30 November 2010 by Jennifer
Authors speaking, other stuff about books, and some thoughts I had.
What sold me on the event originally was seeing that Armistead Maupin would be there – he of the groundbreaking and very readable Tales of the City and, my favourite of his, Maybe the Moon.
But after booking for the day, I thought in order to make the most of it, I’d go looking for some books by some of the other guest authors. That led me to David Nicholls‘ One Day, which I turned out to like as well.
So there I was in a somewhat chilly ballroom in Nottingham’s Council House on Saturday morning, after the first snowfall here of the winter.
(As an aside, I’ll add that to the best of my recollection, this is the first time I’ve ever been into the Council House, despite living in Nottingham on & off since 1982! I quite liked the architecture of it.)
Armistead Maupin was interviewed by Greg Woods,
then read from his latest book Mary Ann In Autumn and took questions.
Lovely bloke and very entertaining. He describes himself as a storyteller, and it’s true. If he comes to speak anywhere near you, I’d say go if you can.
I’m not sure if he put it in exactly these words, but I had a real sense of how much his art is also activism. In answering questions, he alluded to the countless people over the years who’ve told him how his writing made a difference to them. A simple example he mentioned was of a teenager who was encouraged to come out to his parents by knowing that the parents enjoyed AM’s books. AM also mentioned that the death of Tales of the City character Jon was the first ever death from AIDS in fiction – I hadn’t known that.
I especially appreciated hearing him talk about his feisty, charismatic friend Tammy, the inspiration for Maybe The Moon. She knew he was writing it, and came to stay with him for a few days so that they could talk about her life. But she didn’t live to see the book finished.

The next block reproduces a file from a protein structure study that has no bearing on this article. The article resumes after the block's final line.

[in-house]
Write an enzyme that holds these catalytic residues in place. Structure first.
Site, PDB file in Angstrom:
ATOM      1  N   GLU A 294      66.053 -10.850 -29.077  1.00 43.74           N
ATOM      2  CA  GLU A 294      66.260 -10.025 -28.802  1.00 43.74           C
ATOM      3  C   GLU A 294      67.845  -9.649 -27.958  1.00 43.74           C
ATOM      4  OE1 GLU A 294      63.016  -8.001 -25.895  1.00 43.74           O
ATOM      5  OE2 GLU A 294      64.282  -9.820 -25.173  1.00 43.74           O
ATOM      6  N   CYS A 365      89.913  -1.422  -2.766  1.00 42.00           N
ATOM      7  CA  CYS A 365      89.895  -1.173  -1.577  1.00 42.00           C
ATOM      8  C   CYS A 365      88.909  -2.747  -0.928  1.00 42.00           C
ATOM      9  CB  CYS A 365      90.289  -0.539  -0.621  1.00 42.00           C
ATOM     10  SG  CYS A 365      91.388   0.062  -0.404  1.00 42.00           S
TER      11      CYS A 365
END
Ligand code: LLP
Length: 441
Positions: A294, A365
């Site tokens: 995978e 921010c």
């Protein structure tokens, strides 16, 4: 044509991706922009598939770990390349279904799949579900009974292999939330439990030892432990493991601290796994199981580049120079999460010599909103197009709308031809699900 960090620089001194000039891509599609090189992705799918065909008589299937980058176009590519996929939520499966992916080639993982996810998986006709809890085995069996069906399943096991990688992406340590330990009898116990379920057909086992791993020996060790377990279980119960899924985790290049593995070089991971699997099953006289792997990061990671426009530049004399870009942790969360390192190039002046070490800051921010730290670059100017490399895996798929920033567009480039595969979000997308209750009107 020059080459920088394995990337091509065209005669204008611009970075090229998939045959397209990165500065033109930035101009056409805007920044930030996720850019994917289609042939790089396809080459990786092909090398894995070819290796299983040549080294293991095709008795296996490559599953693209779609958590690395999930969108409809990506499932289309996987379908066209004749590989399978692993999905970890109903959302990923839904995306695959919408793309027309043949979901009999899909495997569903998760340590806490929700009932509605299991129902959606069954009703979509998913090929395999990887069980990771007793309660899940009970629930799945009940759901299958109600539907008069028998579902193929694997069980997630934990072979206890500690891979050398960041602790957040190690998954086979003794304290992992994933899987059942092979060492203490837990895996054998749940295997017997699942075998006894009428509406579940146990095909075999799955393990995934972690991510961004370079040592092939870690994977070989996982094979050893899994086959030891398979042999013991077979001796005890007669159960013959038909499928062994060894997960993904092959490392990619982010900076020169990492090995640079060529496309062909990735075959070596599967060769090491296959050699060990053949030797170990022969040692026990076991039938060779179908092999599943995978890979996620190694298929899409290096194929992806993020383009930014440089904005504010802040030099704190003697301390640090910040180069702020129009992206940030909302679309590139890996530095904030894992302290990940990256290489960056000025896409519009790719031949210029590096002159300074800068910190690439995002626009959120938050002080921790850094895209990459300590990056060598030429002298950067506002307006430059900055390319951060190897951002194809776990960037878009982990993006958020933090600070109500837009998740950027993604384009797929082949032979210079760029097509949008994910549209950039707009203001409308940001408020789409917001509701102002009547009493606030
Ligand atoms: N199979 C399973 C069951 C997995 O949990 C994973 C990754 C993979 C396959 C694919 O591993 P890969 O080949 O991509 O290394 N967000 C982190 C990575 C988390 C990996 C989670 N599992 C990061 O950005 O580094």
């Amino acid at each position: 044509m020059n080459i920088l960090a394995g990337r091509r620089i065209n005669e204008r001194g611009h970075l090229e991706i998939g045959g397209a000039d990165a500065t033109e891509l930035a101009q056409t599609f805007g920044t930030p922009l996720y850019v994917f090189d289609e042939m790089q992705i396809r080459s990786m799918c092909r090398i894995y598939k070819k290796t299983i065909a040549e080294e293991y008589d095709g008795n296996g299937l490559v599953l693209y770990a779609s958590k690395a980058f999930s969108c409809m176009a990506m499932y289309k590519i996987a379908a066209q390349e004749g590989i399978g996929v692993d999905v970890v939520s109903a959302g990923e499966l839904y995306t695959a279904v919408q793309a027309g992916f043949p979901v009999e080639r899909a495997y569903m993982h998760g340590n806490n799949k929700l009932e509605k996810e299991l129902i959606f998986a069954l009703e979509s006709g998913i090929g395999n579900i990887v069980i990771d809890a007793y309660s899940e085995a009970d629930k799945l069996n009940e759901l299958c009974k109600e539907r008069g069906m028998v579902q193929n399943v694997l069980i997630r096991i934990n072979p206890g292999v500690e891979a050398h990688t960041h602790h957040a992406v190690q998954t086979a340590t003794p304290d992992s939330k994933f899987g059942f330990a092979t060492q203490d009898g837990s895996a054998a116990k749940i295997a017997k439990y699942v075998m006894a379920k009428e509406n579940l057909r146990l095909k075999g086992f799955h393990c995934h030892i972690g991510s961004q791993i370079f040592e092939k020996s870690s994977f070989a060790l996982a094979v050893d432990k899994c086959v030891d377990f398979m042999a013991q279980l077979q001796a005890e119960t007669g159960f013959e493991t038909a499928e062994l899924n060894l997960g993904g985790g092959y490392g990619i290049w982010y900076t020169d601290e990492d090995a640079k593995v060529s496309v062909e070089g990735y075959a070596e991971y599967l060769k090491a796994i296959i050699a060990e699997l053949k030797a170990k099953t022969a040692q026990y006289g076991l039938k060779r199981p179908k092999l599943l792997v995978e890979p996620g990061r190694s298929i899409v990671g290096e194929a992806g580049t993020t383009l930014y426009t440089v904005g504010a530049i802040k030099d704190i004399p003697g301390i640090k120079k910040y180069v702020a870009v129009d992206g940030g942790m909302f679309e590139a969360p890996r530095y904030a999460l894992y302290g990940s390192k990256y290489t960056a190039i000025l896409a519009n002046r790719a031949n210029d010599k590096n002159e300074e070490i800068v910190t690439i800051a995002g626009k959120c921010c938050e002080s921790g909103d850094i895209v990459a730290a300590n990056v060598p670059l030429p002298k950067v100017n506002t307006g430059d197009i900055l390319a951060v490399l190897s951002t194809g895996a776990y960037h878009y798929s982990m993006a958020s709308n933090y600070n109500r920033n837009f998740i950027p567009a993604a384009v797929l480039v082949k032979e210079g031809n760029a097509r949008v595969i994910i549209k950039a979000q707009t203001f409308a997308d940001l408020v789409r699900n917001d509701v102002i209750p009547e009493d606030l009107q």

Another bit I was pondering afterwards was when someone asked AM if he might one day write about his time in the Navy. He said that’d be unlikely, and explained how he likes to write of the present time as he lives it: expressing things he’s thinking about & feeling at that time, with his books intentionally “dated” to the era when they were written. There was a funny story about his editor warning him that a particular musician he’d named was “kind of last year” and AM replying along the lines of “Yes, that’s because the book is set last year!”
At lunchtime there was a “Book Swop”. I’d forgotten to bring a book for that, but discovered we’d each been given one (different ones) in the bags we were given on arrival, along with timetable and feedback form. I didn’t especially fancy my freebie, so handed that in and had a rummage.
I was just thinking maybe there wasn’t anything I wanted, when I suddenly happened upon a copy of David Almond’s Skellig. I’d heard on the grapevine recently that one of the characters in Skellig is a non-schooling young person and (amazingly enough) not a lonely deprived cliché wrapped in cotton-wool. So I’d been curious about that book and thinking I must read it soon. Could have got it from the library, but if it lives up to the description I read, it’s one I’ll be happy to have on hand for lending out. So that felt like a lucky moment.
After lunch I went to the session on “Making books talk”: “Clipper Audio’s Andrew Treppass and Gordon Griffin, actor and narrator of over 500 novels, talk about the world of the spoken word and reveal how a first-class audiobook is created.”
I never usually listen to audiobooks; just occasionally I might hear part of one, if someone puts a children’s one on in their car while I’m getting a lift. Myself I love reading from real actual books, and I just don’t think audiobooks would be as good, for me. For one thing, I suspect I’d start to feel impatient at the much slower pace.